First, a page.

WhatsApp's Business App Holds Massive Potential

WhatsApp now has 50 million users on its WhatsApp Business app. The Facebook (NASDAQ: FB) subsidiary launched the app about two years ago, and it accumulated about 5 million users within the first year. The app has exploded in use in India and Brazil over the past year, with 15 million and 5 million users in those countries, respectively.

Many businesses moved from the consumer app to the business app to take advantage of the unique tools available in WhatsApp Business, and with more than 2 billion monthly active users, more still could follow.

There are two core functions for WhatsApp Business: providing customer service and facilitating transactions. Facebook's monetizing the customer service side of the business through a paid API, which further encourages business-to-consumer interactions on the messaging app. On the transactional side, WhatsApp's hit some stumbling blocks, particularly around payments. But it's laying the groundwork now to take advantage when it gets the opportunity.

Screenshots of the WhatsApp Business App

QR Codes and shareable catalogs are new features in WhatsApp Business. Image source: WhatsApp.

Making WhatsApp the place to contact businesses

WhatsApp developed an API for businesses to make it easier for them to message with customers. Businesses can use the API to respond to customers that reach out, but it's not for promotional messaging. In other words, the customer must initiate a conversation. WhatsApp Business users have 24 hours to respond for free, but using the API to respond after that period or reengage customers will cost them.

Facebook's latest effort to get customers to engage with businesses on WhatsApp is enabling QR codes that open conversations in WhatsApp. Instead of having to add a phone number to their contacts, users can scan a QR code to automatically open a conversation with the business, and the business can even prefill text for the customer. Placing the QR at a checkout counter, in a store window, on receipts, or on a shipping box could lead to a lot more engagement on WhatsApp.

QR codes could encourage more businesses to use the Business API or at least the WhatsApp Business App instead of the consumer application. It'll be easier to generate QR codes through the API for most businesses. That'll open the door for more monetization potential in the future.

Driving shoppers to WhatsApp

Shopping has been a major focus for Facebook recently. It introduced Checkout on Instagram last year and added Shops on Facebook earlier this year. WhatsApp has catalogs, and now businesses can make shareable links to products in their catalogs.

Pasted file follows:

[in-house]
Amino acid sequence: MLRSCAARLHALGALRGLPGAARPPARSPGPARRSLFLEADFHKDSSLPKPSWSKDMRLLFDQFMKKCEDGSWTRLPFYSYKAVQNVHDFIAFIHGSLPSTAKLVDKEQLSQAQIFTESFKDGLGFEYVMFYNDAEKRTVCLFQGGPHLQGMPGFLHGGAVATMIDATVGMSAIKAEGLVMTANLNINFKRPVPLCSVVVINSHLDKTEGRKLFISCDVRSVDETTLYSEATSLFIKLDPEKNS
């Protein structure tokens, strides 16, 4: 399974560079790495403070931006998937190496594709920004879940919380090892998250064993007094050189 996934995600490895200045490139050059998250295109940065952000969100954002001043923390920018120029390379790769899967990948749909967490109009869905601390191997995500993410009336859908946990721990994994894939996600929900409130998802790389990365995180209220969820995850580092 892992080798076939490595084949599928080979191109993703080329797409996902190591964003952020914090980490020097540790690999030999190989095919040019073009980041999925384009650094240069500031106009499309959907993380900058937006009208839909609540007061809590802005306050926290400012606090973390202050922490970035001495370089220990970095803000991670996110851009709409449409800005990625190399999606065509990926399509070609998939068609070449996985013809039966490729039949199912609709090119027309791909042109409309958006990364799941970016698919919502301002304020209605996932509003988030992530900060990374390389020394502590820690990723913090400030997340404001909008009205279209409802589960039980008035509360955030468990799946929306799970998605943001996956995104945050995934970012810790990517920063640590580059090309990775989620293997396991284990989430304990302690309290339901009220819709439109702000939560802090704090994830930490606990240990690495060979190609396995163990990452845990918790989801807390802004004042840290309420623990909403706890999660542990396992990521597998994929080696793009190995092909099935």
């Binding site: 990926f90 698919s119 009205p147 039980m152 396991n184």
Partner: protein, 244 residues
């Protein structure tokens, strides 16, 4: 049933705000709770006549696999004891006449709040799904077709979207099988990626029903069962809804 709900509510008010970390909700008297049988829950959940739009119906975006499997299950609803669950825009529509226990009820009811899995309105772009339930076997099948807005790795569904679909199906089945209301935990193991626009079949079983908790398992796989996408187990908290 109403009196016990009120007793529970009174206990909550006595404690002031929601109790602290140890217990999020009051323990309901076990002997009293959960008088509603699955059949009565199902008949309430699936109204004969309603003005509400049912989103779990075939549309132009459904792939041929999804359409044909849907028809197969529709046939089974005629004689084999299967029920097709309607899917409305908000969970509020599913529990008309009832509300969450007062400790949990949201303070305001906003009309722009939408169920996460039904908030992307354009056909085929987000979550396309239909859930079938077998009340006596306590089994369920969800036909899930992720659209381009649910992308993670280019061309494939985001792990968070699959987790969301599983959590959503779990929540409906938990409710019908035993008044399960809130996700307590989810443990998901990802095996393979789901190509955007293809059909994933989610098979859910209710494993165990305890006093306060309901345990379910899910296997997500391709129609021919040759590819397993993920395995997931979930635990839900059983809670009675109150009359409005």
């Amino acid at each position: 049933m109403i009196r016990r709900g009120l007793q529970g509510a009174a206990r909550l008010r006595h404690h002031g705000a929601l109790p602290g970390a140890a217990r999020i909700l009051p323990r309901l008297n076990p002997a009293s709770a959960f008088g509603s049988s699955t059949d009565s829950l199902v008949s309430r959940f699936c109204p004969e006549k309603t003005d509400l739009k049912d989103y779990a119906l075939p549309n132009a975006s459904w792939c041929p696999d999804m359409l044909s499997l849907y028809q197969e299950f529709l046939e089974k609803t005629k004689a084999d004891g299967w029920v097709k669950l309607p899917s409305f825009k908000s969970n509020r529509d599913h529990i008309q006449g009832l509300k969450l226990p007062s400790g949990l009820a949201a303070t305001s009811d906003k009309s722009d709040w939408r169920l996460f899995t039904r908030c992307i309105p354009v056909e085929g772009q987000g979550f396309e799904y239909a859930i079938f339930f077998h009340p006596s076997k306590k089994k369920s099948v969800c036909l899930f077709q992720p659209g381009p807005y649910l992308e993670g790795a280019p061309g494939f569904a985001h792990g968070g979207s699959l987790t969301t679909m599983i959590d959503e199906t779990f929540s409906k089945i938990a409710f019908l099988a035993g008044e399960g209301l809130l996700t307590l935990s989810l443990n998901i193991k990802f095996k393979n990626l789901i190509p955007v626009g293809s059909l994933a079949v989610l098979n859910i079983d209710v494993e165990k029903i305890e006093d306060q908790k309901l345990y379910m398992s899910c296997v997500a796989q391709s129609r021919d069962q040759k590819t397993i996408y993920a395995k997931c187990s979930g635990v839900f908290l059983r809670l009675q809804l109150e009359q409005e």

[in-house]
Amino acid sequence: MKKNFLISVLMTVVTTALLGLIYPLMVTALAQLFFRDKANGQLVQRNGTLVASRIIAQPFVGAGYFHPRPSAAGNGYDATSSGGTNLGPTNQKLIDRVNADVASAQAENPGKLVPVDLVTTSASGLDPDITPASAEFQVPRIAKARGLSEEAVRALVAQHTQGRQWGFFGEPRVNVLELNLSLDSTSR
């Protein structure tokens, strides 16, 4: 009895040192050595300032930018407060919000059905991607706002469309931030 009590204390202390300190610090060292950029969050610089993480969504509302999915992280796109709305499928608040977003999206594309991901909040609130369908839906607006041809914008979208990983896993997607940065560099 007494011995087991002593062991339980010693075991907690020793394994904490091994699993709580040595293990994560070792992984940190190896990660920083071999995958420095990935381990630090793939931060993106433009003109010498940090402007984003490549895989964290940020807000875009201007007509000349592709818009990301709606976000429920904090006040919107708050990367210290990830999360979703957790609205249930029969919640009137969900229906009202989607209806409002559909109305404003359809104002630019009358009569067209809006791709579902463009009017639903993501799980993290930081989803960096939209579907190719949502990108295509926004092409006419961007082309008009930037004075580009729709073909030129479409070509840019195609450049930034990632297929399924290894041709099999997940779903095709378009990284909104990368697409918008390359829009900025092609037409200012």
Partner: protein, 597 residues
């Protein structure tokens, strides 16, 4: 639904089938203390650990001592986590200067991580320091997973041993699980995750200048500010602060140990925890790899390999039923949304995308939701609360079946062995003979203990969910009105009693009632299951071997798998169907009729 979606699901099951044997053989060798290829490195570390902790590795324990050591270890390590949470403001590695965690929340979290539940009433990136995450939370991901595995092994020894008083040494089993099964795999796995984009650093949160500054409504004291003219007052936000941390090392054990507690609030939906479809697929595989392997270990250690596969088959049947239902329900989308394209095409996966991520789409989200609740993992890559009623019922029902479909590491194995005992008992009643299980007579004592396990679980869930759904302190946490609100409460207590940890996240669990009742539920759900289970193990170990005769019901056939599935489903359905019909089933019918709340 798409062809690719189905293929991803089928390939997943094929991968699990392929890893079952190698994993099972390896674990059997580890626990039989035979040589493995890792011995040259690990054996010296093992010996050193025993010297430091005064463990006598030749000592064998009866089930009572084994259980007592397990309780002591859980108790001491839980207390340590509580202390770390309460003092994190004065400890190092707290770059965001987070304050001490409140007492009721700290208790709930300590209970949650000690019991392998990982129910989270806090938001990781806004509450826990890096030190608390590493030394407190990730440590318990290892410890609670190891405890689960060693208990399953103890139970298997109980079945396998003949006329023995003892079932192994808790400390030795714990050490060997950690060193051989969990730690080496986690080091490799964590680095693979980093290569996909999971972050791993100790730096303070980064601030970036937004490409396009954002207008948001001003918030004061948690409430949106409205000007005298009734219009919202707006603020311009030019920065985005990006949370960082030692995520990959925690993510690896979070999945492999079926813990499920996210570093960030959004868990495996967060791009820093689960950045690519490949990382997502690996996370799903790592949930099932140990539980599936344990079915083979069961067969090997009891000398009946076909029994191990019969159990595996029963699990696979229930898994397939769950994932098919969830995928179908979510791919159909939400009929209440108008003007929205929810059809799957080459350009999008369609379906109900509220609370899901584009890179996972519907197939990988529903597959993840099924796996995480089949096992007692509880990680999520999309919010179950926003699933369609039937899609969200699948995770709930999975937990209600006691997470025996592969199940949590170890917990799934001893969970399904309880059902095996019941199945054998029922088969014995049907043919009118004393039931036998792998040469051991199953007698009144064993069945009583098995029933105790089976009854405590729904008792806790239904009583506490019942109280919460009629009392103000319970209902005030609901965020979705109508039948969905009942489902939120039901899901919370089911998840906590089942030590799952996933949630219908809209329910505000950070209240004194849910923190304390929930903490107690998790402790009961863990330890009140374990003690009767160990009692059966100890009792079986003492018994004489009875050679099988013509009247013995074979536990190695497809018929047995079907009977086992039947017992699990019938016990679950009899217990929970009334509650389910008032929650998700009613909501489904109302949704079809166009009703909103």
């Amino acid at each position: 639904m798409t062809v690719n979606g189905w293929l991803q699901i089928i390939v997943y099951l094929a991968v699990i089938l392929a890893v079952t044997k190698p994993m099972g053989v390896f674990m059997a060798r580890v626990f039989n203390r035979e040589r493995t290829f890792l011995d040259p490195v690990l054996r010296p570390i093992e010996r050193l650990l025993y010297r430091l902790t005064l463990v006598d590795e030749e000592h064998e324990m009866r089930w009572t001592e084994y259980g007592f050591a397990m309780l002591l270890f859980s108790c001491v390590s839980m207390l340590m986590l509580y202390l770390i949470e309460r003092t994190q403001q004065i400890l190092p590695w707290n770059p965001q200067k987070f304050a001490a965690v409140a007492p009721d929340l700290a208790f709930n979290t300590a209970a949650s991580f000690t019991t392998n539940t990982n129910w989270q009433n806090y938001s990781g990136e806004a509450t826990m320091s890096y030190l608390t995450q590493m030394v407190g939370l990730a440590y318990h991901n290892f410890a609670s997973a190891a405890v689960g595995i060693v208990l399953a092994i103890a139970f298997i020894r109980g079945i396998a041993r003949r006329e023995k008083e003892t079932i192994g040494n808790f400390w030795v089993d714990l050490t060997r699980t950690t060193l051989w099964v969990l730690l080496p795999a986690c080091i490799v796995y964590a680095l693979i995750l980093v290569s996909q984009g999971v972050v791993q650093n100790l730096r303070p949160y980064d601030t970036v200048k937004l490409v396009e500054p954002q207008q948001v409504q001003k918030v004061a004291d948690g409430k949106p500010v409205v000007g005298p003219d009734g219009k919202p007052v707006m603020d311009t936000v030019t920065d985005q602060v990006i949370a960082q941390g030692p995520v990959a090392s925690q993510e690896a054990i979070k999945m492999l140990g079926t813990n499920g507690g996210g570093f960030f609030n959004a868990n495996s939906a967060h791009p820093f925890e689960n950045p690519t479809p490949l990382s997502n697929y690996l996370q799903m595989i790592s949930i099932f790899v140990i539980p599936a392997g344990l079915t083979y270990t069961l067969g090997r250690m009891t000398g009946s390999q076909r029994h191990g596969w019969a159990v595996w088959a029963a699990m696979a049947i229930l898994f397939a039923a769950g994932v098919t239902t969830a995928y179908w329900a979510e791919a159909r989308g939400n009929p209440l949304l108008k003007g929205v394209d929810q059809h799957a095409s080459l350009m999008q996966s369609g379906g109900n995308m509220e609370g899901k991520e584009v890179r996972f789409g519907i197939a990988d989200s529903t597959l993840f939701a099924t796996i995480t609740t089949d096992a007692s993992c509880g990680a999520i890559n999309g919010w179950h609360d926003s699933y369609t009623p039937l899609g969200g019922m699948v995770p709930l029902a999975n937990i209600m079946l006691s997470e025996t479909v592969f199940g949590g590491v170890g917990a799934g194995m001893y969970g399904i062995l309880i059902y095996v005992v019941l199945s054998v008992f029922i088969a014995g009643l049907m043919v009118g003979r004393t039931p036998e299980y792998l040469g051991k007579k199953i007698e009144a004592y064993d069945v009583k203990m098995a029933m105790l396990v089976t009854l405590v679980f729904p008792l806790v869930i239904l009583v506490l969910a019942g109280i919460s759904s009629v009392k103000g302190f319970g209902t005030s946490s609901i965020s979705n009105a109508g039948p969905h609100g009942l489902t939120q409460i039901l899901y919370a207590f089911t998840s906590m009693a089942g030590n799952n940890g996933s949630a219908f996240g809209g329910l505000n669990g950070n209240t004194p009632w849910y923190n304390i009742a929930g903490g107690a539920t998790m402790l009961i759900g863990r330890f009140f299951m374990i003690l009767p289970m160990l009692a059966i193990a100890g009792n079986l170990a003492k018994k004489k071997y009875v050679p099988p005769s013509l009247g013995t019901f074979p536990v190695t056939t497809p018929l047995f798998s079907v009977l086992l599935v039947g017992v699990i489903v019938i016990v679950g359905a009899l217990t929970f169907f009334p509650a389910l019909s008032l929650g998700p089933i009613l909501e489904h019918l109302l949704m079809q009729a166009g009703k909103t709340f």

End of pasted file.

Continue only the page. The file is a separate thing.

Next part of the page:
Catalogs allow WhatsApp Business accounts to easily share product details and images with potential customers. With shareable links, businesses will be able to easily drive traffic and get conversations started with customers through Facebook's other properties or their own websites. Such links could be the basis of a new ad format within Facebook or Instagram linking users to WhatsApp.

The biggest challenge for businesses that primarily use WhatsApp to communicate with customers is an inability to accept payments. WhatsApp has been working to offer payments in India and Brazil, but it's continuously run into roadblocks from regulators. A week after launching payments in Brazil last month, Brazil's central bank forced Facebook to suspend the feature.

If Facebook can manage to appease regulators to start enabling payments in WhatsApp, the FAANG stock could suddenly have a very lucrative source of revenue in WhatsApp. For now, driving more businesses to sign up for WhatsApp Business and its Business API should continue to make WhatsApp a key part of commerce in many markets.

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Randi Zuckerberg, a former director of market development and spokeswoman for Facebook and sister to its CEO, Mark Zuckerberg, is a member of The Motley Fool's board of directors. Adam Levy owns shares of Facebook. The Motley Fool owns shares of and recommends Facebook. The Motley Fool has a disclosure policy.

The views and opinions expressed herein are the views and opinions of the author and do not necessarily reflect those of Nasdaq, Inc.


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